After winning stage 3, Tyler Stites (Project Echelon Racing) sits in second overall at the Redlands Bicycle Classic.
Stites is racing on Argon 18’s aero bike with a mix of components from both Shimano and SRAM: A Quarq power meter and cranks are paired to Dura-Ace rings and derailleurs with Ultegra levers. The calipers are a mix of Shimano’s GRX gravel group and Dura-Ace.
Like an increasing number of riders these days, Stites has his shift levers turned somewhat inwards to minimize his frontal profile.
Project Echelon mechanic Ozzie Fisher explained some of the details to VeloNews in the gallery from Casey B. Gibson below.
Stites has a power meter and cranks from Quarq (a SRAM brand), with Shimano Dura-Ace chainrings to go with the rest of the 11-speed Shimano group. “Quarq does actually make a power spider that works with Shimano rings and that specific BCD,” Fisher said.
“Various riders on the team are using Quarq arms with Dura-Ace rings.”
Shimano’s Stealth saddle is a short-nosed model that now comes in a curved model as well as this original, flatter design.
Stites’ drivetrain is tight when fully cross-chained.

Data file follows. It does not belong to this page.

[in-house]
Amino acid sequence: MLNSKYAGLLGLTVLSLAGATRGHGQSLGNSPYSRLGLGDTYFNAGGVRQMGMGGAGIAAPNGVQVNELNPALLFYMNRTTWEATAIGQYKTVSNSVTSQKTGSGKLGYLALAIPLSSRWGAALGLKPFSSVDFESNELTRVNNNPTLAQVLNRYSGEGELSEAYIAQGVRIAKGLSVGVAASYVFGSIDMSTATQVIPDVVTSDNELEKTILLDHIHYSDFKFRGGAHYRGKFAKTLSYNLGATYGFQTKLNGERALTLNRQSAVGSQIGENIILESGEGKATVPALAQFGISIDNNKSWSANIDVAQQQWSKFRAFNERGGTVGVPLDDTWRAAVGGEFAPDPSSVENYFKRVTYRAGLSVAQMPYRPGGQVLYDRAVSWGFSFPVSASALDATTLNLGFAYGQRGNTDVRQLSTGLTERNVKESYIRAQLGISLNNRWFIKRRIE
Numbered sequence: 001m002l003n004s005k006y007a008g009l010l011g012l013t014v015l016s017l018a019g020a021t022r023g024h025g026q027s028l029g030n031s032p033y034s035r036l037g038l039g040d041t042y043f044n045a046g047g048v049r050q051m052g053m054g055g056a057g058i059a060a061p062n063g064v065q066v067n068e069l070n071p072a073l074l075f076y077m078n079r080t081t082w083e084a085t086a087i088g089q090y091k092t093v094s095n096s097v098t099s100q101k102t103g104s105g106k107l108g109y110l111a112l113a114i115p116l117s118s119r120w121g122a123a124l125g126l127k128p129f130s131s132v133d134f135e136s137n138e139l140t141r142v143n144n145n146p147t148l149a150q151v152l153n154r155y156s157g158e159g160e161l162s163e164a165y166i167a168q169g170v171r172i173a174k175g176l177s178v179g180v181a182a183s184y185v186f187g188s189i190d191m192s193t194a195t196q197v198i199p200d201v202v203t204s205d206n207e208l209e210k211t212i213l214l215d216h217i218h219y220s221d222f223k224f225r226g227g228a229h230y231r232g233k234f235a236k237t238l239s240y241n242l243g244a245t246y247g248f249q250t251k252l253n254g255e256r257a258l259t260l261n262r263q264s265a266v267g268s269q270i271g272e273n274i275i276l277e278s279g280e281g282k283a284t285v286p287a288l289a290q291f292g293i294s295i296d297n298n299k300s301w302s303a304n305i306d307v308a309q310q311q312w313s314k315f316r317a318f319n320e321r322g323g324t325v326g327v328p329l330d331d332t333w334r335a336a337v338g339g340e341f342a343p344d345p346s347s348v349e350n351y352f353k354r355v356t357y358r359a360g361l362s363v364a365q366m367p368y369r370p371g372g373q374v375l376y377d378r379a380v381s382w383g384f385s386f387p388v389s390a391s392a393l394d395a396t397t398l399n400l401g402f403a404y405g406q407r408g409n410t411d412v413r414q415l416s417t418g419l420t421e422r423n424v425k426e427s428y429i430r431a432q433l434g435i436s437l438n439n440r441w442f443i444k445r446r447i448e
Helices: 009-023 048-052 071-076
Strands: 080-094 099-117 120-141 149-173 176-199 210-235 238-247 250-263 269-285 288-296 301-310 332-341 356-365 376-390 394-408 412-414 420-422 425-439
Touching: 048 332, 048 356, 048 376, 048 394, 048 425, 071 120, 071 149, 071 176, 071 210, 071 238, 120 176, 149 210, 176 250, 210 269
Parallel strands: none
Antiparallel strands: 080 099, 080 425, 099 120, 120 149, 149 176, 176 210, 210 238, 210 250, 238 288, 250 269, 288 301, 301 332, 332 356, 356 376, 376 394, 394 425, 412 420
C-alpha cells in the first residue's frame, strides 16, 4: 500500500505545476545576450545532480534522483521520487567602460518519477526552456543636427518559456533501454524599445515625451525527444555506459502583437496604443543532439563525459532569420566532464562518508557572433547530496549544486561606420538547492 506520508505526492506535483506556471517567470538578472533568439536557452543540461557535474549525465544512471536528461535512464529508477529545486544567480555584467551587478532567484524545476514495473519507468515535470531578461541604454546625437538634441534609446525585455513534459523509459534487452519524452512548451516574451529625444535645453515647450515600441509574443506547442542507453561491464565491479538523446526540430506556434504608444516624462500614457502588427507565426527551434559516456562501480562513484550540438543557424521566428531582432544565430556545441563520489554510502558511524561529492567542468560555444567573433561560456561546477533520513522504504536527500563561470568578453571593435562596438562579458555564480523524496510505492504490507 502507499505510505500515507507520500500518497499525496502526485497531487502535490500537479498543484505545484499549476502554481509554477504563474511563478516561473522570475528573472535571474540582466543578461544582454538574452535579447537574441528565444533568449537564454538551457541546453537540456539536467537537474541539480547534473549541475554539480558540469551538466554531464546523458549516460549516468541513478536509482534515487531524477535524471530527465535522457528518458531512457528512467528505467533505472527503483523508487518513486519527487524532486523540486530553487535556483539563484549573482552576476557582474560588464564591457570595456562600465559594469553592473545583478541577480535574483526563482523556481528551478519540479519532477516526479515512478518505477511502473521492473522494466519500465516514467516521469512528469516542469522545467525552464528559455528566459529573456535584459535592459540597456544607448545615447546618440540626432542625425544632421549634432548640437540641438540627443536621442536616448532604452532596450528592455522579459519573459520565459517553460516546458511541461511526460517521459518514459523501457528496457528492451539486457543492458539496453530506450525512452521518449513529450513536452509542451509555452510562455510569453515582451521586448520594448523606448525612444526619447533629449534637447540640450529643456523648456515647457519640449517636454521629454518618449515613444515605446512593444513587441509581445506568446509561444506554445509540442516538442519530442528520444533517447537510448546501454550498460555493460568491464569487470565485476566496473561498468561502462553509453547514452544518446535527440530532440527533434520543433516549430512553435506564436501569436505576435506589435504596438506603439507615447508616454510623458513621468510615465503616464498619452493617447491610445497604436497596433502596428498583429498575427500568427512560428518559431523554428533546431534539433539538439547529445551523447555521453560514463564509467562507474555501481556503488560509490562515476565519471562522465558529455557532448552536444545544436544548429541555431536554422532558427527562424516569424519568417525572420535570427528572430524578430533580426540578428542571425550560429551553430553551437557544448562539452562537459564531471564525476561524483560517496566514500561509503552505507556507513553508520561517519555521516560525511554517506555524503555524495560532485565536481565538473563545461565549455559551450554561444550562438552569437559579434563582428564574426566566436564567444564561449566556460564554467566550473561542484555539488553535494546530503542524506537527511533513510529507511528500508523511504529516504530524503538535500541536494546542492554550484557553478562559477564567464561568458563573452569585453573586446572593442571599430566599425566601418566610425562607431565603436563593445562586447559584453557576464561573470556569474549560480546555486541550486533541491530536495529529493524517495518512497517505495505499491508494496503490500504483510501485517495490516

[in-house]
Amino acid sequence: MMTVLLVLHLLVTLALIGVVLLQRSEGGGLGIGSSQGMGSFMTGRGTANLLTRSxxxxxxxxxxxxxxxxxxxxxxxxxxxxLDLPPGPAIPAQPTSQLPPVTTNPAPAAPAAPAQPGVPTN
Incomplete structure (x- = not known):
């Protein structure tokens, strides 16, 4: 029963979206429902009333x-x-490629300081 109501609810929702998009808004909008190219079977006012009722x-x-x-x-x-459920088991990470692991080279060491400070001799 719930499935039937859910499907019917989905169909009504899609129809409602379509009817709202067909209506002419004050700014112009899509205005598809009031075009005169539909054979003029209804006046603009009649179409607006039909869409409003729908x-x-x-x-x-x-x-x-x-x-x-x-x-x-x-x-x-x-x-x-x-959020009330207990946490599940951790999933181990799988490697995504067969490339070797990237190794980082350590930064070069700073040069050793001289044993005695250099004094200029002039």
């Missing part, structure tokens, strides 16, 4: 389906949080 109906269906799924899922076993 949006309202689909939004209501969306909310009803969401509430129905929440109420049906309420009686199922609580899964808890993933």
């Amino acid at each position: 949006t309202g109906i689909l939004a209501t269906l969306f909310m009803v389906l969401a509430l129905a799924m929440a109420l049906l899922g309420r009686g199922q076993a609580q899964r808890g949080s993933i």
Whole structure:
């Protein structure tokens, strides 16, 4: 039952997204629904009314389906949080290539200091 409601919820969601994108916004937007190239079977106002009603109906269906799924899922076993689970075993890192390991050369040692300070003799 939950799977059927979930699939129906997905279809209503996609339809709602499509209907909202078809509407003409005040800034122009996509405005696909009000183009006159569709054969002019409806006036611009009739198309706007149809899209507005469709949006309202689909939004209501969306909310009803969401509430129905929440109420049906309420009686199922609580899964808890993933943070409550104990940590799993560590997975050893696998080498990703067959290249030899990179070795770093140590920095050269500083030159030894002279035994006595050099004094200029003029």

The Argon 18 Nitrogen Disc aero bike starts at $4,000 for a complete bike with SRAM Rival.
Stites races on a 40cm Enve SES Aero bar, with Ultegra Di2 shifters paired to his Dura-Ace derailleurs.
Inwardly rotated hoods? Check.
Stites has a GRX caliper on the front,
and a Dura-Ace caliper on the back.
The Nitrogen Disc frame has a not-uncommon profile with an aero seat tube and dropped seatstays.
Semi-external cable routing makes for a simpler, more travel-friendly build.
External routing down into the frame might not be as fast in a wind tunnel, but it’s faster to get in and out of a bike travel case.
Even with a setback post, Stites has has saddle slammed all the way back.
Pirelli Zero tubeless tires on Reynolds carbon wheels.
Fisher has Stites set up with direct mounting on his Dura-Ace derailleur.
Arundel cages hold bottles tight.